“I’ve stirred up something strange, something deep.”
Police at the Station and They Don’t Look Friendly, the sixth entry in the Sean Duffy series from author Adrian McKinty bears an unwieldy title, but don’t let that stand in the way of picking up this well-crafted crime novel. Set in 1988, during The Troubles, this latest book from the consistently reliable McKinty, is an explosive police procedural set against the violence of the times.
Detective Inspector Sean Duffy, now in middle-age, a father with a live-in girlfriend wonders just how long his career will last. On one hand he’s a Catholic officer in the almost entirely protestant Carrickfergus RUC–that means as a catholic officer, there’s a IRA bounty on his head, and due to his past decisions, he knows he’ll never be promoted. In this novel, Duffy’s old habits, combined with the endless stress of the job find him out-of-shape and struggling with asthma. Can he give up the smokes, the booze and the other recreational habits he’s acquired in order to cope with his efforts to stay alive, solve cases and maintain some degree of integrity?
The novel’s powerful opening finds Duffy marched off by masked men (and one woman) to a remote area to dig his own grave, and then the novel backtracks to the incidents that led Sean to this point. Backtracking from a moment of great tension is a risky venture for some novelists (my next review will cover that topic) but in McKinty’s capable hands, the action, with just a touch of humour, never stops, and as a result, the intense page-turning backstory maintains momentum.
Duffy is called to investigate a murder–the weapon of choice in this case is a crossbow, and the victim was a lowly drug dealer. There’s pressure from above to close the case, and Duffy is told in no uncertain words to ‘move on.’ When Duffy keeps digging, bad things begin to happen, and Duffy along with two trusted members of the force: Crabbie and Lawson in effect, lead a secret investigation that tunnels back to the past.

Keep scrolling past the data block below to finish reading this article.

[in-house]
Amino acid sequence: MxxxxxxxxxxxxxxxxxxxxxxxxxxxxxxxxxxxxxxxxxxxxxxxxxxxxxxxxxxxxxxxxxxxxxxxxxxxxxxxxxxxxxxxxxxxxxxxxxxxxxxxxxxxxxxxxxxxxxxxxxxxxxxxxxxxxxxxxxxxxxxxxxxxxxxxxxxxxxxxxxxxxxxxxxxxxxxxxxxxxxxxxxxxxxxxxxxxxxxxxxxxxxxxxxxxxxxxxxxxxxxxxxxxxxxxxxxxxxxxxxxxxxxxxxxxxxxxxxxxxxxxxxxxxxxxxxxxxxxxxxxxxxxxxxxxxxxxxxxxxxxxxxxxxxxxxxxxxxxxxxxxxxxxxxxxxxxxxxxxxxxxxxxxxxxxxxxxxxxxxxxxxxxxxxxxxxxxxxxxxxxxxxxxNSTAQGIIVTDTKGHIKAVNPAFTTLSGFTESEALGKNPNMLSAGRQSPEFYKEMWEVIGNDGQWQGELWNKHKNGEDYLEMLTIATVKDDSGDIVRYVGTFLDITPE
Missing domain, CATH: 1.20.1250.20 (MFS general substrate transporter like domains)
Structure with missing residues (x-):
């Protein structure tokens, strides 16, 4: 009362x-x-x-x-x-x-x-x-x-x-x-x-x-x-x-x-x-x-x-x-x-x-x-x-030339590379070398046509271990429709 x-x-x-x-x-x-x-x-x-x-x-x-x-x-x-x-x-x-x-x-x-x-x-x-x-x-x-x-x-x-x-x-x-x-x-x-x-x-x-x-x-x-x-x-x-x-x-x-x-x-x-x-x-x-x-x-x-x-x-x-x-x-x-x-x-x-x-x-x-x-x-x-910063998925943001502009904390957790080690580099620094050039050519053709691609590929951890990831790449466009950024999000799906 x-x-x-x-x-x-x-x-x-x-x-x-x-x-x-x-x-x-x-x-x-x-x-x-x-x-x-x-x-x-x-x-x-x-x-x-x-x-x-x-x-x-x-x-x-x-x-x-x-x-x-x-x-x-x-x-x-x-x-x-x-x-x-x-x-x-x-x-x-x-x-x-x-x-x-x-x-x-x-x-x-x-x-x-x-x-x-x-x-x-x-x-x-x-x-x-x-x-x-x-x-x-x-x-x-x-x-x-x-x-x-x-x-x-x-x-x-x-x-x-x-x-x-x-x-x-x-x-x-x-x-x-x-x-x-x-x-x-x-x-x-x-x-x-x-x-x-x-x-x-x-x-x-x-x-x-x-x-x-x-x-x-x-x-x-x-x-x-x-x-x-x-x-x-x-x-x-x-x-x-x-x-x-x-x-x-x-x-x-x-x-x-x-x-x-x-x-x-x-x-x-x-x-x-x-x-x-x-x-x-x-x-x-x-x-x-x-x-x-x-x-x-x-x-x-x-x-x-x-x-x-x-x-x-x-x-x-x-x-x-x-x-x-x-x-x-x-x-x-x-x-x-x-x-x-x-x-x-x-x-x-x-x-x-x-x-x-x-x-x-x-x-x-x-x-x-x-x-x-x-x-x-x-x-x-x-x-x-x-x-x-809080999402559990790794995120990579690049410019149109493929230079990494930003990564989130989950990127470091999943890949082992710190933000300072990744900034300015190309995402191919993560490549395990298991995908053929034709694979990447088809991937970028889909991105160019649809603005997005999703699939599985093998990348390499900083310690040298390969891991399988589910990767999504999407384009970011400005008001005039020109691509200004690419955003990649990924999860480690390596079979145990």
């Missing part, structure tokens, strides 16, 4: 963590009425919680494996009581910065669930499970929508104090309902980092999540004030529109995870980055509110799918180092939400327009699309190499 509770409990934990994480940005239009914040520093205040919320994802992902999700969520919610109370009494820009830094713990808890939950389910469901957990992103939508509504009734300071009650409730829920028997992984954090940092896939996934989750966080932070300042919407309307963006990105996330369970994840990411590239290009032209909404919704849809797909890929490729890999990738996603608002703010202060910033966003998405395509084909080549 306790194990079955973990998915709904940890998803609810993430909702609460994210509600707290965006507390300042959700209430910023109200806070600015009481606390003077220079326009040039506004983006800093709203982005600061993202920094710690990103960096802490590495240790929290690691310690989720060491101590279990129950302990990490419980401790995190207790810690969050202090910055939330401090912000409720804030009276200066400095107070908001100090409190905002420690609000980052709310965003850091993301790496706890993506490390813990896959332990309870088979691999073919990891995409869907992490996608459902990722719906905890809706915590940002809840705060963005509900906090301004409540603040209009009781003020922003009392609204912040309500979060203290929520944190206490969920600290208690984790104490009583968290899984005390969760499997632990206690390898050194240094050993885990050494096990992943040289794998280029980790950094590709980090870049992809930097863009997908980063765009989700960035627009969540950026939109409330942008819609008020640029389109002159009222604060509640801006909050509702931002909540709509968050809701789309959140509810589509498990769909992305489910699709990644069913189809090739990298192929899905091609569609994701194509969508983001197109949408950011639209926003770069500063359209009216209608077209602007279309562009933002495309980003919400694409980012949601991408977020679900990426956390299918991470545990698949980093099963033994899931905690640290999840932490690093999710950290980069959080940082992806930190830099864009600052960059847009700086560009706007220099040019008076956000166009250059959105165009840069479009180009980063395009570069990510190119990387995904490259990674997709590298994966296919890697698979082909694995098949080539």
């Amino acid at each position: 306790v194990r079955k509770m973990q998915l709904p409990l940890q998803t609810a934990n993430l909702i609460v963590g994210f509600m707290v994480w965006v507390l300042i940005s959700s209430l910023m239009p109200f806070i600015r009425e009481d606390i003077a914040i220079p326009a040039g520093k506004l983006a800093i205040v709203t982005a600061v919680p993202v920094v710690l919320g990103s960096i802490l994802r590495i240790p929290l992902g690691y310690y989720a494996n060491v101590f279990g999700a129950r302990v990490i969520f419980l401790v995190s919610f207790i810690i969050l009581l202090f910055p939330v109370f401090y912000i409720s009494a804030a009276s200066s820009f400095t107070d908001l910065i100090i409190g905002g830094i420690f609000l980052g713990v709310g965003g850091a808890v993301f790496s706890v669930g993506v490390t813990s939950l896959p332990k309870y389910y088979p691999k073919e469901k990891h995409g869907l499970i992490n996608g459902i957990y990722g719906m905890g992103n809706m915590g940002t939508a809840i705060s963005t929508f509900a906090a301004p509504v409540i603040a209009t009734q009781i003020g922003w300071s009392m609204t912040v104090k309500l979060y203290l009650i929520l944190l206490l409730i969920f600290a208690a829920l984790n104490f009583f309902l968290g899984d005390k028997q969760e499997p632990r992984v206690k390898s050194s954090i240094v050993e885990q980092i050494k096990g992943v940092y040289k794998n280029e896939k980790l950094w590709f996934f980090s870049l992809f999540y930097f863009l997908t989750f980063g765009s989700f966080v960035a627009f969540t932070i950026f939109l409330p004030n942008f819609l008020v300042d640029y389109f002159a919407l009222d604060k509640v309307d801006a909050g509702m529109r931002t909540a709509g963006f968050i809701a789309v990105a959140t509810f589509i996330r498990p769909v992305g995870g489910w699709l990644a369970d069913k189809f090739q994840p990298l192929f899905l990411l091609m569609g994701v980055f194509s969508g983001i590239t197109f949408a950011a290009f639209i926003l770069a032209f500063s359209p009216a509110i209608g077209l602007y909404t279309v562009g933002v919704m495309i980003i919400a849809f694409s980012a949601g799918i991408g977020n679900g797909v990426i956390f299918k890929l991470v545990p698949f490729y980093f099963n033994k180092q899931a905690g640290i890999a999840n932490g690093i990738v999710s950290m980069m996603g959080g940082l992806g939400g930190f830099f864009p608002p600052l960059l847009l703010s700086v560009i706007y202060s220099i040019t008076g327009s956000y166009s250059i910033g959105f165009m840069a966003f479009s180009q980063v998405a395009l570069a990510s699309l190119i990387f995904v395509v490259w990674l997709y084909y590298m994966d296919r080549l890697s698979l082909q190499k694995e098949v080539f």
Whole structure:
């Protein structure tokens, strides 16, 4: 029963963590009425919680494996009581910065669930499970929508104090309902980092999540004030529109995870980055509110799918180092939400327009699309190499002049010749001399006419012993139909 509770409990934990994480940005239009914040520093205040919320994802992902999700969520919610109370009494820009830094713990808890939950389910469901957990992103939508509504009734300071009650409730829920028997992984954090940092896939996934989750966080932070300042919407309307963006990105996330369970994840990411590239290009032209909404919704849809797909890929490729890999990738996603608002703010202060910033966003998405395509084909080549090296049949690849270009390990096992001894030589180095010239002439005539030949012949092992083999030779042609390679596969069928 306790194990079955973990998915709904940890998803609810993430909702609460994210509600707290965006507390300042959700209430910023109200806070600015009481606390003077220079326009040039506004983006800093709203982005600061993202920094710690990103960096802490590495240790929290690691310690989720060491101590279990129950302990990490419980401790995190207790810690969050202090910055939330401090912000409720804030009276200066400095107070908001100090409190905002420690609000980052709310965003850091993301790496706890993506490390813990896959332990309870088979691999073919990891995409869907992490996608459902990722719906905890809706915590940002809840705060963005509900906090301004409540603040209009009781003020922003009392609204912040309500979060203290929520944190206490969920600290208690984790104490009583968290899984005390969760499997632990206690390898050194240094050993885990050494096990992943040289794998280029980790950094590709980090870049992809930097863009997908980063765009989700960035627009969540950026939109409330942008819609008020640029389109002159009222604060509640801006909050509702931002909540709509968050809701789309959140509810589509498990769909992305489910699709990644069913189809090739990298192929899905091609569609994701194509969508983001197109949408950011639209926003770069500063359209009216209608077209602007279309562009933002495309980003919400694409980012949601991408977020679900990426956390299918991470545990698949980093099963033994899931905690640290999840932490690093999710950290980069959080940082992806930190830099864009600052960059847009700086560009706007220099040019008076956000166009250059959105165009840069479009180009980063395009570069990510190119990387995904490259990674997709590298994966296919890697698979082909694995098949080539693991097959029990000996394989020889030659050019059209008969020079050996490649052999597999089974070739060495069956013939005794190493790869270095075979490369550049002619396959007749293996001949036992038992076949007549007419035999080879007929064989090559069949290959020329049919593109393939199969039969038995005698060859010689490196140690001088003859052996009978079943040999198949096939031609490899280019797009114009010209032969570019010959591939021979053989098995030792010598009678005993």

Series novels always include details about the characters’ personal lives. In this novel, Duffy, now a father, has deeper concerns than he’s had in the past. Plus Duffy’s live-in Protestant girlfriend isn’t happy living in a Catholic neighborhood and she isn’t sure she wants to raise a child in Northern Ireland. Duffy juggles pressures from his superiors with domestic strife and very real threats to his life. Plus thanks to health issues, he may be tagged as unfit for duty.
Police at the Station and They Don’t Look Friendly is possibly the best entry in the series so far. Once again, McKinty places us squarely in the murky times by dropping in mention of real events: the Gibraltar terrorism, and the murder of two British army corporals. Curious, I looked up the RUC on Wikipedia and the article states that “at its peak” the force had 8500 officers and that “during the Troubles 319 RUC officers were killed and 9,000 injured in paramilitary assassinations or attacks.”
It would be fairly predictable to place a character in these times and show how things are never black and white, but McKinty does something entirely different. The Sean Duffy novels at all about identity and primary loyalties. In Duffy’s case, he’s a Catholic from working class roots, but he is not an ideologue; he’s first and foremost a policeman who is going to get the job done. Now if he rubs up against Catholics, Protestants or the wealthy along the way to solving his case, these labels are all white noise to Duffy. Being primarily a policeman has carried Duffy so far but now he’s a father and these two labels: father and policeman have their own magnetic pulls.
As I said, this is the sixth in the series, and while some brief references to the past are dropped in the plot, you can jump in with Police at the Station and They Don’t Look Friendly--although it’s better to start at the beginning in order to follow Duffy’s career trajectory. The end of the novel finds Duffy at an interesting place in his career, and now I’m really looking forward to seeing how this plays out.